As Dr. Albert Mohler, President of The Southern Baptist Theological Seminary recently stated, “We’re looking at a massive change in the culture that has affected even the dignity and sanctity of human life. And of course it didn’t begin with euthanasia or physician-assisted suicide. It began on other issues, most importantly, the issue of abortion.”
 
The emotional connection that comes with physician-assisted suicide leads people to discount the broader pro-life issues. Some would say that this has nothing to do with the issue of abortion. However, the full issue is one regarding the sanctity of human life. Whether in the womb or on a nursing home bed, at the starting line or life or closer to the finish line, the fact that “death with dignity” becomes a tagline shows that many in our world are excusing what has become a culture of death.
 
Hospital feet
 
Under the banner of “rights” the reality that murder (a word that many would seek to avoid) is now celebrated is troubling.
 
This is a slippery slope and it is growing more slippery. European nations have pioneered this era of death to tragic results. In Belgium, for instance, the aged and ones with severe diseases are candidates for assisted suicide. However, the deeper challenge comes in determining who makes the designation of “old” and the grades the severity of disease. The Hippocratic Oath goes by the wayside as ethics is redefined. Now we see where the Belgian government has ruled that children as young as 12 must constitutionally have access to physician-assisted suicide. This is little more than extending abortion rights through puberty.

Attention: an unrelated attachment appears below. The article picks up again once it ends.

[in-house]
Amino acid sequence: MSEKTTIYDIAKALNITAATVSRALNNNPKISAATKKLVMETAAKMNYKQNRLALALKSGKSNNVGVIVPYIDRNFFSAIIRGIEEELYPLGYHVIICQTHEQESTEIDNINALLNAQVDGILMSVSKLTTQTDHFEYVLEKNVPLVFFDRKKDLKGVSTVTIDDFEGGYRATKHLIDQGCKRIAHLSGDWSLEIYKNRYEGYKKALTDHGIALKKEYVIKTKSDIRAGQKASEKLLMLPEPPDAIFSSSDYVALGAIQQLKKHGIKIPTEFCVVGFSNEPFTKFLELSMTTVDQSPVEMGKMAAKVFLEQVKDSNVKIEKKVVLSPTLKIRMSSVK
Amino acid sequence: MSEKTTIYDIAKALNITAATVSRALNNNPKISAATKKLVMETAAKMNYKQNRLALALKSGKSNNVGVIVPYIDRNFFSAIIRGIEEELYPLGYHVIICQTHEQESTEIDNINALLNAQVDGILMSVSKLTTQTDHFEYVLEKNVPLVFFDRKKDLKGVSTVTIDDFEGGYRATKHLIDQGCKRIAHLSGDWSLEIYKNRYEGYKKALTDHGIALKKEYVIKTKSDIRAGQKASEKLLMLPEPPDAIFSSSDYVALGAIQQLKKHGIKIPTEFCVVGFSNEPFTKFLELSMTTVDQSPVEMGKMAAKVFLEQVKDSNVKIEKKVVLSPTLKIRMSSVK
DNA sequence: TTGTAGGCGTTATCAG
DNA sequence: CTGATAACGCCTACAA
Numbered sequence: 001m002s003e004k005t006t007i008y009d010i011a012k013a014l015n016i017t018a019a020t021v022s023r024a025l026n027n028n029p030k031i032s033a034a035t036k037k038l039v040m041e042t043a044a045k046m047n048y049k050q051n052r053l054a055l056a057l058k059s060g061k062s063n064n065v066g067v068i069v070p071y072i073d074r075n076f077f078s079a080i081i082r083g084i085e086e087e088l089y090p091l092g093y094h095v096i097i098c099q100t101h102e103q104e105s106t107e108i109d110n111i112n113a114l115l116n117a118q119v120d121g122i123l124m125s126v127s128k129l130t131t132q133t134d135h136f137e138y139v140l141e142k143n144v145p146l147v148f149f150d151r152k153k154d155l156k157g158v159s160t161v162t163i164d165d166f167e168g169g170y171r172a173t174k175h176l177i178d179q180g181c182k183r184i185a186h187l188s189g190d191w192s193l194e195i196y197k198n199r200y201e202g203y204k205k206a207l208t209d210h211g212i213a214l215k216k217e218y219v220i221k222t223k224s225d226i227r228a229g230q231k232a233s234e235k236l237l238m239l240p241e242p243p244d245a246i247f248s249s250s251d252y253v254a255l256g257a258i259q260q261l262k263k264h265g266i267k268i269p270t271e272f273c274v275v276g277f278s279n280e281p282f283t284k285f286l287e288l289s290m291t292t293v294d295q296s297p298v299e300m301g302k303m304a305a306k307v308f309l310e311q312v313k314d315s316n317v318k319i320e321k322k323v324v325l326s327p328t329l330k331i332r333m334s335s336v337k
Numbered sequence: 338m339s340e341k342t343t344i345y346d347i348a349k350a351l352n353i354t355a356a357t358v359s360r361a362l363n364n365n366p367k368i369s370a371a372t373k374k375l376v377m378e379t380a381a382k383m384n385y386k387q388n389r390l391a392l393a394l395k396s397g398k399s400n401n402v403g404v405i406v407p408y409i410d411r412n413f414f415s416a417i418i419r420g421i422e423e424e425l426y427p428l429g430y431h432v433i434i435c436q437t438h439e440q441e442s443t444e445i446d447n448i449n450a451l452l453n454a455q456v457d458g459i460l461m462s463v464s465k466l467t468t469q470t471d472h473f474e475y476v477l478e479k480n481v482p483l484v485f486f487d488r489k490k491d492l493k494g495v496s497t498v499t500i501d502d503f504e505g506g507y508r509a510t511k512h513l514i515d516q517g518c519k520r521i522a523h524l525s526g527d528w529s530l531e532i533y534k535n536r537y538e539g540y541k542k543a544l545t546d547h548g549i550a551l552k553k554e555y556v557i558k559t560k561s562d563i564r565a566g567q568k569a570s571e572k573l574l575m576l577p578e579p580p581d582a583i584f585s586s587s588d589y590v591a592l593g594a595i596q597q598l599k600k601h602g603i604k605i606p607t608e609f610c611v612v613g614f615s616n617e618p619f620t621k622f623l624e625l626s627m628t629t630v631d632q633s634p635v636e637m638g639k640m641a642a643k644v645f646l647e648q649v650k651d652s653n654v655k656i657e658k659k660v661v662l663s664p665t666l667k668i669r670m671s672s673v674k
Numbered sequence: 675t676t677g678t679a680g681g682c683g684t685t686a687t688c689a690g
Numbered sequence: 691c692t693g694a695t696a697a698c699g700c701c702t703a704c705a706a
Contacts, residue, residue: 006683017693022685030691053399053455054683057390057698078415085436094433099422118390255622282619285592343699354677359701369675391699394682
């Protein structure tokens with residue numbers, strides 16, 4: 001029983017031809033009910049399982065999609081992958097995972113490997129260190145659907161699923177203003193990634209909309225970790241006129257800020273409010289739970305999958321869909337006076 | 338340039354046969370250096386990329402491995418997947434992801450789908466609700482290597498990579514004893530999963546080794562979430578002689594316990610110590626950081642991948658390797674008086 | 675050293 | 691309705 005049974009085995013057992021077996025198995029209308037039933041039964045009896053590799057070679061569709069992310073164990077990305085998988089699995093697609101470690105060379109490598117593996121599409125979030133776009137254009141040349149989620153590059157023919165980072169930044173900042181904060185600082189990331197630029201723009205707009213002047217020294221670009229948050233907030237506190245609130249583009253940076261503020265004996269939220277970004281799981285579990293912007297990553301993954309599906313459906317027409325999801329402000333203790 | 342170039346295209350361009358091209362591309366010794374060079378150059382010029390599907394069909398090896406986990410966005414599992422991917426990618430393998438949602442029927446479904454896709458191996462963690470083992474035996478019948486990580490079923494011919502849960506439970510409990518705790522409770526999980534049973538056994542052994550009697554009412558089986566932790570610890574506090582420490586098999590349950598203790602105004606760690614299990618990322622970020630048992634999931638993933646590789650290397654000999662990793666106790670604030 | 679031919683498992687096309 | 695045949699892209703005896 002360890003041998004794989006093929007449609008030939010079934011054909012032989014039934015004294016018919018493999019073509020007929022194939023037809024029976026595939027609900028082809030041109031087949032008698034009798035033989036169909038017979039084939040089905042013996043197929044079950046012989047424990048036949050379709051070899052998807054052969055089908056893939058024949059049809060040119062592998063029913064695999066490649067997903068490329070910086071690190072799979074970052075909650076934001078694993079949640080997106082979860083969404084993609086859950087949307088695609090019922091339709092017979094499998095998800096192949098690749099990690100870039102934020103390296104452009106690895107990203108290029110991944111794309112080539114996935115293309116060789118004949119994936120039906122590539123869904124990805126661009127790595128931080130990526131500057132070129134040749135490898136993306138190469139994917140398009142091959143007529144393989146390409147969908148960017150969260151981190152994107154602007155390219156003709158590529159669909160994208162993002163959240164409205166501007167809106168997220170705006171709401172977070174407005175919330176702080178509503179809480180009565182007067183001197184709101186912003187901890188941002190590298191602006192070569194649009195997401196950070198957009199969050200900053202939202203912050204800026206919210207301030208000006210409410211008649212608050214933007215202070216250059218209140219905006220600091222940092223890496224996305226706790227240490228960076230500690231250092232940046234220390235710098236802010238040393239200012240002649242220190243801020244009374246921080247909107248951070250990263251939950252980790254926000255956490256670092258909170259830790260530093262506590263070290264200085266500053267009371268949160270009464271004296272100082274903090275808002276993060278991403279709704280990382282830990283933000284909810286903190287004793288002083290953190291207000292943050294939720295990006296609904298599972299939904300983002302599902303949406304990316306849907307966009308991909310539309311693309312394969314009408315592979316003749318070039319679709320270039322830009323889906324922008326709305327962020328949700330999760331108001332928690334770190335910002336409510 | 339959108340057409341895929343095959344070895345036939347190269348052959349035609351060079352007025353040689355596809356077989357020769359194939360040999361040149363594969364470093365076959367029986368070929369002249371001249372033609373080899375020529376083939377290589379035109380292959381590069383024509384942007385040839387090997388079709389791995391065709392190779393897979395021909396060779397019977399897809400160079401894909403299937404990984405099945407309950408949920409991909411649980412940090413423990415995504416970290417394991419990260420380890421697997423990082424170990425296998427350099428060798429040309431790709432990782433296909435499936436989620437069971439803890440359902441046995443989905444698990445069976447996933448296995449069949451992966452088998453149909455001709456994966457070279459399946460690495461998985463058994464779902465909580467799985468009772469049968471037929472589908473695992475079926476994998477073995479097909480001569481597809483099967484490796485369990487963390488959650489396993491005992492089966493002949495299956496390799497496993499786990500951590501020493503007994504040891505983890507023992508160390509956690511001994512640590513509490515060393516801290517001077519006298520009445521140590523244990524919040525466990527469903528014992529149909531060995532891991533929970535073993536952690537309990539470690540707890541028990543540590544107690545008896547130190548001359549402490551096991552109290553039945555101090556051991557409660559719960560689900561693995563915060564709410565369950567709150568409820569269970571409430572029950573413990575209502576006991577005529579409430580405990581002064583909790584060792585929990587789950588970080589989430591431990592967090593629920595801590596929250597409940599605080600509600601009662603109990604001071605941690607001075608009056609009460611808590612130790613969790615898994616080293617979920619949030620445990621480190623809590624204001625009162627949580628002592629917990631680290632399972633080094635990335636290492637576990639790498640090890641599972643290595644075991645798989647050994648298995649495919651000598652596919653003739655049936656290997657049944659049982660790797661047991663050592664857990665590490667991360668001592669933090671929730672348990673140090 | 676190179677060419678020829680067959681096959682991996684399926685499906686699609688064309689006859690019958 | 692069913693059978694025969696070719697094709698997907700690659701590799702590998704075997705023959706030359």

The culture of death is here. It’s impacting many and its boundaries are continually being moved. This is a sad day for our friends in Canada and for those in our culture as well.
 

Leadership Is Different Than Management

For years, John P. Kotter has been regarded as one of the world's foremost authorities on leadership. With numerous books and articles published by the Harvard Business Review, his teachings on leadership and management have impacted thousands of people and organizations.